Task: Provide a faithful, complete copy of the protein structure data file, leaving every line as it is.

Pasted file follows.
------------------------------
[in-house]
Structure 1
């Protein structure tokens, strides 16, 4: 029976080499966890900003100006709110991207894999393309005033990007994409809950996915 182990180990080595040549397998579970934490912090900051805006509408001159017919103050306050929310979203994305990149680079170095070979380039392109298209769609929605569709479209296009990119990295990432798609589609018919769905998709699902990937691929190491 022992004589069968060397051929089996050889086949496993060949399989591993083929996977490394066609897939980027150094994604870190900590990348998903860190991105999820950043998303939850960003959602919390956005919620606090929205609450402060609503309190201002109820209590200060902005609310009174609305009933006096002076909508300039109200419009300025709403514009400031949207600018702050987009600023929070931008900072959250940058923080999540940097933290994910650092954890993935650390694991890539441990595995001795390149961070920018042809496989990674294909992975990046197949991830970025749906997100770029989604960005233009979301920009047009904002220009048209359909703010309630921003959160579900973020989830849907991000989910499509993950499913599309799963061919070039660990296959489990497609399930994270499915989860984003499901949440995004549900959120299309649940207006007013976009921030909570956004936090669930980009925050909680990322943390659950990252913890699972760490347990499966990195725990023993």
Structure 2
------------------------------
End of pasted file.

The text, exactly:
[in-house]
Structure 1
């Protein structure tokens, strides 16, 4: 029976080499966890900003100006709110991207894999393309005033990007994409809950996915 182990180990080595040549397998579970934490912090900051805006509408001159017919103050306050929310979203994305990149680079170095070979380039392109298209769609929605569709479209296009990119990295990432798609589609018919769905998709699902990937691929190491 022992004589069968060397051929089996050889086949496993060949399989591993083929996977490394066609897939980027150094994604870190900590990348998903860190991105999820950043998303939850960003959602919390956005919620606090929205609450402060609503309190201002109820209590200060902005609310009174609305009933006096002076909508300039109200419009300025709403514009400031949207600018702050987009600023929070931008900072959250940058923080999540940097933290994910650092954890993935650390694991890539441990595995001795390149961070920018042809496989990674294909992975990046197949991830970025749906997100770029989604960005233009979301920009047009904002220009048209359909703010309630921003959160579900973020989830849907991000989910499509993950499913599309799963061919070039660990296959489990497609399930994270499915989860984003499901949440995004549900959120299309649940207006007013976009921030909570956004936090669930980009925050909680990322943390659950990252913890699972760490347990499966990195725990023993």
Structure 2